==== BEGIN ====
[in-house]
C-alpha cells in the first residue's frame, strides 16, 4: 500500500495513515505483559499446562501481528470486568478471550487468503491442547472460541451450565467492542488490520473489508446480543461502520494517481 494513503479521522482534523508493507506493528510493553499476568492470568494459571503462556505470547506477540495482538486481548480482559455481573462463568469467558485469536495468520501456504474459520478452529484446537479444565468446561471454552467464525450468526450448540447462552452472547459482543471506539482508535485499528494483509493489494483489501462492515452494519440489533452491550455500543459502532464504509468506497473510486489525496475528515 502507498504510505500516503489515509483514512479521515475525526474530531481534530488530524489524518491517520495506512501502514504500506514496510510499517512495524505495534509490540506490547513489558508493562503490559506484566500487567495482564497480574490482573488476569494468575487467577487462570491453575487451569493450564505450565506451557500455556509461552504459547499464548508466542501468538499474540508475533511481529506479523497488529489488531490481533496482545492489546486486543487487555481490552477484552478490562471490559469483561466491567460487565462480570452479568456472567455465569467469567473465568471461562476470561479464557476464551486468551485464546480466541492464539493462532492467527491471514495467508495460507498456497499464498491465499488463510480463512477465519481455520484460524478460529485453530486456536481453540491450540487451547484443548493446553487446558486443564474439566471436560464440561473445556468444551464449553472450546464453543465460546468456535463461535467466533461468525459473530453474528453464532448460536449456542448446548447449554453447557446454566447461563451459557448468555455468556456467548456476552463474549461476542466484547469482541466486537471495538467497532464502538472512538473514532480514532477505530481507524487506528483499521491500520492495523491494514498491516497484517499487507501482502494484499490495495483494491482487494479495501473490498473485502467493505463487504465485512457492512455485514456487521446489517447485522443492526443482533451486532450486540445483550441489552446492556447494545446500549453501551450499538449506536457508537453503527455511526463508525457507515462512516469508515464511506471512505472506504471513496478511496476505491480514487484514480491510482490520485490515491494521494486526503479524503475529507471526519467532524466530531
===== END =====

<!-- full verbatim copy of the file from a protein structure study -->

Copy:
[in-house]
C-alpha cells in the first residue's frame, strides 16, 4: 500500500495513515505483559499446562501481528470486568478471550487468503491442547472460541451450565467492542488490520473489508446480543461502520494517481 494513503479521522482534523508493507506493528510493553499476568492470568494459571503462556505470547506477540495482538486481548480482559455481573462463568469467558485469536495468520501456504474459520478452529484446537479444565468446561471454552467464525450468526450448540447462552452472547459482543471506539482508535485499528494483509493489494483489501462492515452494519440489533452491550455500543459502532464504509468506497473510486489525496475528515 502507498504510505500516503489515509483514512479521515475525526474530531481534530488530524489524518491517520495506512501502514504500506514496510510499517512495524505495534509490540506490547513489558508493562503490559506484566500487567495482564497480574490482573488476569494468575487467577487462570491453575487451569493450564505450565506451557500455556509461552504459547499464548508466542501468538499474540508475533511481529506479523497488529489488531490481533496482545492489546486486543487487555481490552477484552478490562471490559469483561466491567460487565462480570452479568456472567455465569467469567473465568471461562476470561479464557476464551486468551485464546480466541492464539493462532492467527491471514495467508495460507498456497499464498491465499488463510480463512477465519481455520484460524478460529485453530486456536481453540491450540487451547484443548493446553487446558486443564474439566471436560464440561473445556468444551464449553472450546464453543465460546468456535463461535467466533461468525459473530453474528453464532448460536449456542448446548447449554453447557446454566447461563451459557448468555455468556456467548456476552463474549461476542466484547469482541466486537471495538467497532464502538472512538473514532480514532477505530481507524487506528483499521491500520492495523491494514498491516497484517499487507501482502494484499490495495483494491482487494479495501473490498473485502467493505463487504465485512457492512455485514456487521446489517447485522443492526443482533451486532450486540445483550441489552446492556447494545446500549453501551450499538449506536457508537453503527455511526463508525457507515462512516469508515464511506471512505472506504471513496478511496476505491480514487484514480491510482490520485490515491494521494486526503479524503475529507471526519467532524466530531